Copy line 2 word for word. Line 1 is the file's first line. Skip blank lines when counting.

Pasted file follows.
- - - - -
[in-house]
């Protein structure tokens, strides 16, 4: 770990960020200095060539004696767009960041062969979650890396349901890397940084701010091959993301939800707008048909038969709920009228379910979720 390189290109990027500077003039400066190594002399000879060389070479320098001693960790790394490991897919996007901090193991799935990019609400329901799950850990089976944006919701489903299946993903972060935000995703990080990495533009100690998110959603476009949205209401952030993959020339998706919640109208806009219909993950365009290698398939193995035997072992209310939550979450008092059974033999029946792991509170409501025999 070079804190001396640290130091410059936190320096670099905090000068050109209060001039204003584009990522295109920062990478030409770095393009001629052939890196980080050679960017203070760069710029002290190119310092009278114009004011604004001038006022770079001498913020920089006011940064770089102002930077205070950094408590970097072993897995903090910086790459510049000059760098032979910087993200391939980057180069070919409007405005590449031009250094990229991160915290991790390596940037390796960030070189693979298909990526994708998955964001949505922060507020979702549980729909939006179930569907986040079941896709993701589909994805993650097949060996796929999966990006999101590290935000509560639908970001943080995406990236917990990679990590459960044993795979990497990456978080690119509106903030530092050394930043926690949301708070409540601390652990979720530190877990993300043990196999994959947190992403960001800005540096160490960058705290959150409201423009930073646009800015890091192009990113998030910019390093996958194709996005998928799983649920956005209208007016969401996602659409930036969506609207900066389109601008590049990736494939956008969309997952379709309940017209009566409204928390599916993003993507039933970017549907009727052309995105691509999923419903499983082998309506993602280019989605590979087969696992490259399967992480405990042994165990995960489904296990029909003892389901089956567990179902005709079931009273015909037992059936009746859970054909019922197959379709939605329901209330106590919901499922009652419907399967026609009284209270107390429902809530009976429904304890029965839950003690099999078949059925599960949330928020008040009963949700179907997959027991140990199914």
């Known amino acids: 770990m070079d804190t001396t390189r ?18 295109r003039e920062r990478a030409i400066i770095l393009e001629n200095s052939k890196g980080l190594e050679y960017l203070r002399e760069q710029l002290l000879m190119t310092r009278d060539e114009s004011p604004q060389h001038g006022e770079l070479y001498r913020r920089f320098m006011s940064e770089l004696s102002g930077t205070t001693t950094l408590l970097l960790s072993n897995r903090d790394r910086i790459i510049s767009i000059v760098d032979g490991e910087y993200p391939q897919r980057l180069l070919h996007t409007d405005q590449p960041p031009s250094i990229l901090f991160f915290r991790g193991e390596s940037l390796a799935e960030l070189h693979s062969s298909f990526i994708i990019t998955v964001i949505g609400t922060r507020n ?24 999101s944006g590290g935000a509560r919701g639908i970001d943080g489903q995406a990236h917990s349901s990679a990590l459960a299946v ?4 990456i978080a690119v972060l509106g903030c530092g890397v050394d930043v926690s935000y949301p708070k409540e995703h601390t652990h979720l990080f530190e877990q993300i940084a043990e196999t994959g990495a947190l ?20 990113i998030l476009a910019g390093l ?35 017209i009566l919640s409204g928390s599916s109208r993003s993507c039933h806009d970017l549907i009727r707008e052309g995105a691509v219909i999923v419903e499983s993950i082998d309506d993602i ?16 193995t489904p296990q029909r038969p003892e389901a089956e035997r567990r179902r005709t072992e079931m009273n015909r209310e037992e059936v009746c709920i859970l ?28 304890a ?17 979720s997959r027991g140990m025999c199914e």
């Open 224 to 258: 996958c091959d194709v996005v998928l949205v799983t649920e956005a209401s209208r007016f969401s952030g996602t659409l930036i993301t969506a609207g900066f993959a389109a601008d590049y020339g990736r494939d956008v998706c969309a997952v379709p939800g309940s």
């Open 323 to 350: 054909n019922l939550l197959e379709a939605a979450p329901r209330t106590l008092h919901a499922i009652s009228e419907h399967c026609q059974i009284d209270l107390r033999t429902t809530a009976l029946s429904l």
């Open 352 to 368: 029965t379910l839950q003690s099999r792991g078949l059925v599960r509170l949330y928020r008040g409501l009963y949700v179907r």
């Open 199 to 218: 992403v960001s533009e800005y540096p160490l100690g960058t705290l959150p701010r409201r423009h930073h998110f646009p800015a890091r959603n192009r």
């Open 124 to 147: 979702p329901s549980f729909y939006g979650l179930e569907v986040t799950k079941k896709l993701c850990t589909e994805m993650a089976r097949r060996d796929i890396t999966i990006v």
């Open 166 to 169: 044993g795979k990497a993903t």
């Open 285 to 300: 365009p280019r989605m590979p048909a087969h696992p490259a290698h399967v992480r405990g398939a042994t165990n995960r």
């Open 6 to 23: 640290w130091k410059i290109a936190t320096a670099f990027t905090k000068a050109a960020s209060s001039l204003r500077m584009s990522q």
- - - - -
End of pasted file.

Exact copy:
């Protein structure tokens, strides 16, 4: 770990960020200095060539004696767009960041062969979650890396349901890397940084701010091959993301939800707008048909038969709920009228379910979720 390189290109990027500077003039400066190594002399000879060389070479320098001693960790790394490991897919996007901090193991799935990019609400329901799950850990089976944006919701489903299946993903972060935000995703990080990495533009100690998110959603476009949205209401952030993959020339998706919640109208806009219909993950365009290698398939193995035997072992209310939550979450008092059974033999029946792991509170409501025999 070079804190001396640290130091410059936190320096670099905090000068050109209060001039204003584009990522295109920062990478030409770095393009001629052939890196980080050679960017203070760069710029002290190119310092009278114009004011604004001038006022770079001498913020920089006011940064770089102002930077205070950094408590970097072993897995903090910086790459510049000059760098032979910087993200391939980057180069070919409007405005590449031009250094990229991160915290991790390596940037390796960030070189693979298909990526994708998955964001949505922060507020979702549980729909939006179930569907986040079941896709993701589909994805993650097949060996796929999966990006999101590290935000509560639908970001943080995406990236917990990679990590459960044993795979990497990456978080690119509106903030530092050394930043926690949301708070409540601390652990979720530190877990993300043990196999994959947190992403960001800005540096160490960058705290959150409201423009930073646009800015890091192009990113998030910019390093996958194709996005998928799983649920956005209208007016969401996602659409930036969506609207900066389109601008590049990736494939956008969309997952379709309940017209009566409204928390599916993003993507039933970017549907009727052309995105691509999923419903499983082998309506993602280019989605590979087969696992490259399967992480405990042994165990995960489904296990029909003892389901089956567990179902005709079931009273015909037992059936009746859970054909019922197959379709939605329901209330106590919901499922009652419907399967026609009284209270107390429902809530009976429904304890029965839950003690099999078949059925599960949330928020008040009963949700179907997959027991140990199914």